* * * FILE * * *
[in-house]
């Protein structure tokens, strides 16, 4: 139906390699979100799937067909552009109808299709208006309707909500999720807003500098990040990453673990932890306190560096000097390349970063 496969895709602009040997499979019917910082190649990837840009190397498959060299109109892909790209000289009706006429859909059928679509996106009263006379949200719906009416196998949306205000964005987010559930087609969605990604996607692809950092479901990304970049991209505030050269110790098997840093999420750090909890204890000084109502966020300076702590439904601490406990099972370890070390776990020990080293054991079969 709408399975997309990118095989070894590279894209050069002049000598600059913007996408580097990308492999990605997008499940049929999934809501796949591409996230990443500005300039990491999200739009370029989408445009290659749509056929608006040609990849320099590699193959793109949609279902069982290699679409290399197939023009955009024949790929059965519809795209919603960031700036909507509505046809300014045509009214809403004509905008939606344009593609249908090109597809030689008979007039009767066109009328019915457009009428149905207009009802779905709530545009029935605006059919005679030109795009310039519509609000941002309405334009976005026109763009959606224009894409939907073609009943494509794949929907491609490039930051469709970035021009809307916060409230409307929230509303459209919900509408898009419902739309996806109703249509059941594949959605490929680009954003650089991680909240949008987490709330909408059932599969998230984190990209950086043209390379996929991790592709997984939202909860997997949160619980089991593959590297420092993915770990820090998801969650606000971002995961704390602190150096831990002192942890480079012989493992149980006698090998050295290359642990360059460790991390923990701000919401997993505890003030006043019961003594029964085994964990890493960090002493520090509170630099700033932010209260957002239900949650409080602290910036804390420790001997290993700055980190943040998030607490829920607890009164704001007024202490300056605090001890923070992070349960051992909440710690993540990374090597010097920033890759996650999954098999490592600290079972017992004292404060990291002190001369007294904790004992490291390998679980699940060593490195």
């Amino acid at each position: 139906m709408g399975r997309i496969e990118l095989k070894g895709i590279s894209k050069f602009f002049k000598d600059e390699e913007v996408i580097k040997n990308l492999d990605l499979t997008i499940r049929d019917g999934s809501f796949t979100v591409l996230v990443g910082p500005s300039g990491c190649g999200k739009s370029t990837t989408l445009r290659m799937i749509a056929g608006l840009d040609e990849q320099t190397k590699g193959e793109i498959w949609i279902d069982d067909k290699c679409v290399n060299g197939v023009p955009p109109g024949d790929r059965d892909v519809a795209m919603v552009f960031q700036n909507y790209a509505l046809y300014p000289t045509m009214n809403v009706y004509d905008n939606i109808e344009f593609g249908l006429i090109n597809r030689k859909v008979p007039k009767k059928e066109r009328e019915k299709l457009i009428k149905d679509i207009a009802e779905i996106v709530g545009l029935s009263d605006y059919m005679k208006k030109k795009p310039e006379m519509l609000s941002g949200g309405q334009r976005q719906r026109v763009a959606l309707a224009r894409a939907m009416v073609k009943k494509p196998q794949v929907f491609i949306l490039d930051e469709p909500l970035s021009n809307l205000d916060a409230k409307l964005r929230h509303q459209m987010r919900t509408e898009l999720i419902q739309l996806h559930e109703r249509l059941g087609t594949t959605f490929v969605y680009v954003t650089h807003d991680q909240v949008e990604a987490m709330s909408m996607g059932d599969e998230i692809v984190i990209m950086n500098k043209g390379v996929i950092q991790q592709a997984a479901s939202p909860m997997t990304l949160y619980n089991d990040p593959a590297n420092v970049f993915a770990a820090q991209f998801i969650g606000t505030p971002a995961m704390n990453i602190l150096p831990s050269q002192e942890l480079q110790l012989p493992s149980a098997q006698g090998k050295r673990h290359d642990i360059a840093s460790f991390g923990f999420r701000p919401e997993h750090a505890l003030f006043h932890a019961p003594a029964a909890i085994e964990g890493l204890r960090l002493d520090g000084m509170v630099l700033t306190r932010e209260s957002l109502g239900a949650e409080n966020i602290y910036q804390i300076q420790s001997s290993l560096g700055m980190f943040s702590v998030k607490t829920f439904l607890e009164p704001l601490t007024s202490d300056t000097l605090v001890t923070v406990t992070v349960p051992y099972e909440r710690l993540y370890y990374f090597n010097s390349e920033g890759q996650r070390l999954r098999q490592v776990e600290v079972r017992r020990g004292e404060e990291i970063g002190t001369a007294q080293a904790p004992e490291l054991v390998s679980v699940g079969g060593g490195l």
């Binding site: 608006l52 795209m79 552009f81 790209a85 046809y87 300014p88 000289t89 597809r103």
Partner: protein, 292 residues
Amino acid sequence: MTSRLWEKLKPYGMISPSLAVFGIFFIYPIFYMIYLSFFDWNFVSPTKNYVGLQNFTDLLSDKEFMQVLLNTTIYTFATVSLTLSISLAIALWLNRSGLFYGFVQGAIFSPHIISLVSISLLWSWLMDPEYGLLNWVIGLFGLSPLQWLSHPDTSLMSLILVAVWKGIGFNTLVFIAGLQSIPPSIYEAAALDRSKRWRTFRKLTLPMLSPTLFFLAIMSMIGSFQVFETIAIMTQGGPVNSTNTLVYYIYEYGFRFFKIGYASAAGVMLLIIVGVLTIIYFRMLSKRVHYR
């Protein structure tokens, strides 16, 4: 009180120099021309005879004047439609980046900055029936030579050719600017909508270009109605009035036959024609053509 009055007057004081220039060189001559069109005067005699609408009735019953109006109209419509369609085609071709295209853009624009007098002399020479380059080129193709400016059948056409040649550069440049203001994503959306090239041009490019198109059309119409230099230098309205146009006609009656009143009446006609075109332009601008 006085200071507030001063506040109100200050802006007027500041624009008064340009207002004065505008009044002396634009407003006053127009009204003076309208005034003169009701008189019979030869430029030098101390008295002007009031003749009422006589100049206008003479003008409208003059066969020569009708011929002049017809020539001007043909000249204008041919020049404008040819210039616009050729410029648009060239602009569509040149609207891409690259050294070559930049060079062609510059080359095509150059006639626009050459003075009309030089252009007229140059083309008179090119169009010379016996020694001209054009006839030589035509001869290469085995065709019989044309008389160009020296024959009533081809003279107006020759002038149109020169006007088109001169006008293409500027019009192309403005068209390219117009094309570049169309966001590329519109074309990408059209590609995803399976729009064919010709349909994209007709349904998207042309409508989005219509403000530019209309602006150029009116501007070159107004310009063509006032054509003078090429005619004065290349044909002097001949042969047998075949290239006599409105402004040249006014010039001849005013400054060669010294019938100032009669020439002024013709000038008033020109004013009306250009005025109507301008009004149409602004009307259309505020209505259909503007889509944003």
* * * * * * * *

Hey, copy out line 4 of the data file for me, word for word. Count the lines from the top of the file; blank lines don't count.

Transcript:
């Binding site: 608006l52 795209m79 552009f81 790209a85 046809y87 300014p88 000289t89 597809r103």